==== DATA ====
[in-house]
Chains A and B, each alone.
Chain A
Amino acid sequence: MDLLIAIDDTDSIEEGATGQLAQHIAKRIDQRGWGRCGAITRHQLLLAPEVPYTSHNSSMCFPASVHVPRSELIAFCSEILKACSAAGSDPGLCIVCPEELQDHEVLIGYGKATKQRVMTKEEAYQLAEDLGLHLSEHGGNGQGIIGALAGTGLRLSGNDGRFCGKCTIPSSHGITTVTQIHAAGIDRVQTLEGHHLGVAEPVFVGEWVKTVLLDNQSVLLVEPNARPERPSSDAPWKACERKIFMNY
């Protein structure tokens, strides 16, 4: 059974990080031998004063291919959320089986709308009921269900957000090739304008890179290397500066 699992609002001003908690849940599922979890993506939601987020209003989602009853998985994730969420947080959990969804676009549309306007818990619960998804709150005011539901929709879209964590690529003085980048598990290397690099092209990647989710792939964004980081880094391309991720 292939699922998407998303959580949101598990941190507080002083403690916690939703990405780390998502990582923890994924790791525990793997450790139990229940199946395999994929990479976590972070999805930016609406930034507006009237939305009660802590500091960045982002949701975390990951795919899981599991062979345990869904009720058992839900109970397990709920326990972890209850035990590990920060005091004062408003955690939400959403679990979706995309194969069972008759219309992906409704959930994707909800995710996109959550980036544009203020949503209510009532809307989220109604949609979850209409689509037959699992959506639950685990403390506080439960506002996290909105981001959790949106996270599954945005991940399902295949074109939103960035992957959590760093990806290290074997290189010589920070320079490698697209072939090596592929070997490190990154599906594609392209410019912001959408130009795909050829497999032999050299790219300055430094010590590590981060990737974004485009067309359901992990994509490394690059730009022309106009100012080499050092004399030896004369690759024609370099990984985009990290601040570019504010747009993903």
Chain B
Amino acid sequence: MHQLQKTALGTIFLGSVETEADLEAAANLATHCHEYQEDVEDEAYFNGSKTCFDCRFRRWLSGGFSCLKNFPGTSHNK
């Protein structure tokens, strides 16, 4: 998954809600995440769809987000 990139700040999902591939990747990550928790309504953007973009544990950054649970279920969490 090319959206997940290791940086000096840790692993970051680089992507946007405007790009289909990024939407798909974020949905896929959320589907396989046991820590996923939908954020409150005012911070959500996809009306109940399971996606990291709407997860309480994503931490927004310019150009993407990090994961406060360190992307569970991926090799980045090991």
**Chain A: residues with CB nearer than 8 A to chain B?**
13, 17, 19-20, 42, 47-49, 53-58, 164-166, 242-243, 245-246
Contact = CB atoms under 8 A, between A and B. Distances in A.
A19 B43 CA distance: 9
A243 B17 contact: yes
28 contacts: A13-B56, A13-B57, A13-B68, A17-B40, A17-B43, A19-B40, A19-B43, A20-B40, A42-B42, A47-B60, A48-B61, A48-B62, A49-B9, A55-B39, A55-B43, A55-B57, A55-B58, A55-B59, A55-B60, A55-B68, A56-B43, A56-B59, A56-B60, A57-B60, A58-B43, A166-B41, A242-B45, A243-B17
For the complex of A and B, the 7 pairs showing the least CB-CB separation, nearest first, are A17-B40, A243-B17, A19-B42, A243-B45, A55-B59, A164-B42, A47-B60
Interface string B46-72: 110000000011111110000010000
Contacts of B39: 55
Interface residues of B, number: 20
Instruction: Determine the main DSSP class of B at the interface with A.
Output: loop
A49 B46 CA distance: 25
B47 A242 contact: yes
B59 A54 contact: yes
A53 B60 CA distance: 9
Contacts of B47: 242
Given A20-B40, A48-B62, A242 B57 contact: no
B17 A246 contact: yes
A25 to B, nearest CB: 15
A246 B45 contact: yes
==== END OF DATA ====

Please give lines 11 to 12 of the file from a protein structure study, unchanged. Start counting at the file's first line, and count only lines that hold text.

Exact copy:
Contact = CB atoms under 8 A, between A and B. Distances in A.
A19 B43 CA distance: 9